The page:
Diary of a Locally Sourced Dinner, or The Pleasure of Your Company


by Deborah Taylor

March 2009, Littleton, MA

As my 60th birthday approached, I had a vague concept to treat my friends and family with a celebration. Circling in the idea-mist was a dinner I had never tried—a locally sourced meal. As the idea began to take shape, I wanted to work with chefs at the Nuestra Culinary Ventures kitchen, where I first started my own food business. To make it
simple, we would cook and serve our meal at the Kitchen. In the end, the celebration became a true way to honor the abundance of friends and family as well as the food and community that I love so much. To execute my idea, it also became a fantastic treasure hunt adventure for me in my local backyard.

With my guest list complete, I contacted Executive Chef Darnell Adams of Eat in Style. Two days later, Chef Darnell presented to me her exciting menu including my only request: lamb. She recommended Pastry Chef Carlene O’Garo of Delectable Desires for an ultra-fabulous dessert.

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We agreed that I would source the ingredients. As I mapped a route close to home, the treasure hunt for local ingredients began. I planned to visit local farms and stores to fulfill the menu and get backup ingredients only if needed. Blood Farm inWest Groton was my first stop and Mathew Blood was my thoughtful guide. I told him the number
of guests expected and he wrote the order that delivered the most tender, succulent lamb, ever! The next stop was Debra’s Natural Gourmet in West Concord, where I had a tour with storeowner Debra Stark. She pointed out all the local artisan vendors and I was happy to learn many of my colleagues were award winners.

The real March madness challenge was in the vegetable realm. Root vegetables reign with a long seasonal monopoly finishing in winter and our party was in the first minutes of spring. With dilemma in hand, Stark, Barbara Hoefer at Verrill Farm, and Jamey Lionette of Lionette’s Market in Boston were all very helpful and resourceful.

Stark introduced me to Ray Mong of Applefield Farm in Stow, who found the wonderful deep-root carrots needed for the soup. Lionette was so right in recommending the beets and onions from Pete’s Greens. But there was true pride in the “just picked” sweet parsnips—not originally on our menu—from Verrill Farm. I could not pass them up so
Chef Darnell made a smooth adjustment and added them to her carrot soup recipe.

The quest continued with beverages. I contactedWestport RiverWinery’s Craig Caesar and emailed him our menu. He responded quickly with an amazing pairing to match the dinner and dessert menu. All his recommendations got rave reviews from the guests. Sparking cider came from Carlson Orchards in Harvard. With Frank Carlson’s advice,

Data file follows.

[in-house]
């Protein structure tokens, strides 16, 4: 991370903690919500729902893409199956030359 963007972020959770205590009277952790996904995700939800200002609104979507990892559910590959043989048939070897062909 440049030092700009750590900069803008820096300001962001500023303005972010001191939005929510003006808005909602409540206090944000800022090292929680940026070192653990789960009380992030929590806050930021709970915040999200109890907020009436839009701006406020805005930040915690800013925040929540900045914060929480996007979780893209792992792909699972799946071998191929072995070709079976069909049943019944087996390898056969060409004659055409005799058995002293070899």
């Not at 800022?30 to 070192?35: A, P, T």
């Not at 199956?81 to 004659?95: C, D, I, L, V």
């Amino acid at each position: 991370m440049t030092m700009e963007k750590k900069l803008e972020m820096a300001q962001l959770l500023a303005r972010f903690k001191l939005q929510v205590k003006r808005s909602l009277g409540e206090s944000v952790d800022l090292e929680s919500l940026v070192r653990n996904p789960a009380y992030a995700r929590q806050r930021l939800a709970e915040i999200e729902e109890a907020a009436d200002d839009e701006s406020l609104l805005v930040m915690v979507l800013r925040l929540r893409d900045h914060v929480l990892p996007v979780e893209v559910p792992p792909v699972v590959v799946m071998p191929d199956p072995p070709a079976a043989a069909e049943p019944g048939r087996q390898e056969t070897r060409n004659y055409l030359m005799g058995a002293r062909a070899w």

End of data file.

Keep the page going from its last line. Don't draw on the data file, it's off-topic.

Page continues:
we matched the correct apple and grade for Chef Carlene’s wonderful apple pie dessert

“Leave the money in the coffee can,” I was told at many farms. Luckily, I got to meet Bonnie Pelenur, owner of Spencer Brook Farm in Carlisle, when I picked up the ordered salad greens. The salad mixture had a delightful, tasty balance.

Later that morning, I picked up freshly baked bread at the crowded Clear Flour Bread in Brookline. My last stop was the new City Feed and Supply on Centre Street in Jamaica Plain, where I picked up local honey, dairy and fair-trade coffee. I was most impressed with City Feed’s posting of their carbon footprint savings to date for all to see.

When all the guests were gathered, we opened the first wine and cider as we toured the shared-use NCV kitchen. After the tour, Chef Darnell presented two skillful cooking demonstrations while we sampled the tasty puff pastry hors d’oeuvres topped with fresh mozzarella from Fiore de Nonno (made in Sommerville).We then entered a large storage
room where the formal table setting was balanced by our casual attire and easy family-style serving. Chef Darnell and Chef Carlene’s menu was fabulous in every detail of cooking and presentation. Most of all, I enjoyed treating my food-loving guests to the whole experience from local harvest to table.

My hope in sharing this adventure is that you will host your own locally sourced meals from the seasonal wealth and variety of foods we share. The knowledgeable storeowners, the informative farmers and food producers are honored to be your dedicated guides. Your reward will be to create your own tasting treasure that delights and honors your full circle of family and friends, food and community too.

Deborah Taylor is the owner of Deborah's Kitchen, Inc., makers of Deborah's Spreadable Fruit and Relish. You may find her low sugar products at fine specialty food and grocery stores, as well as many area
farmers markets. You may reach her at deborah@deborahskitchen.com.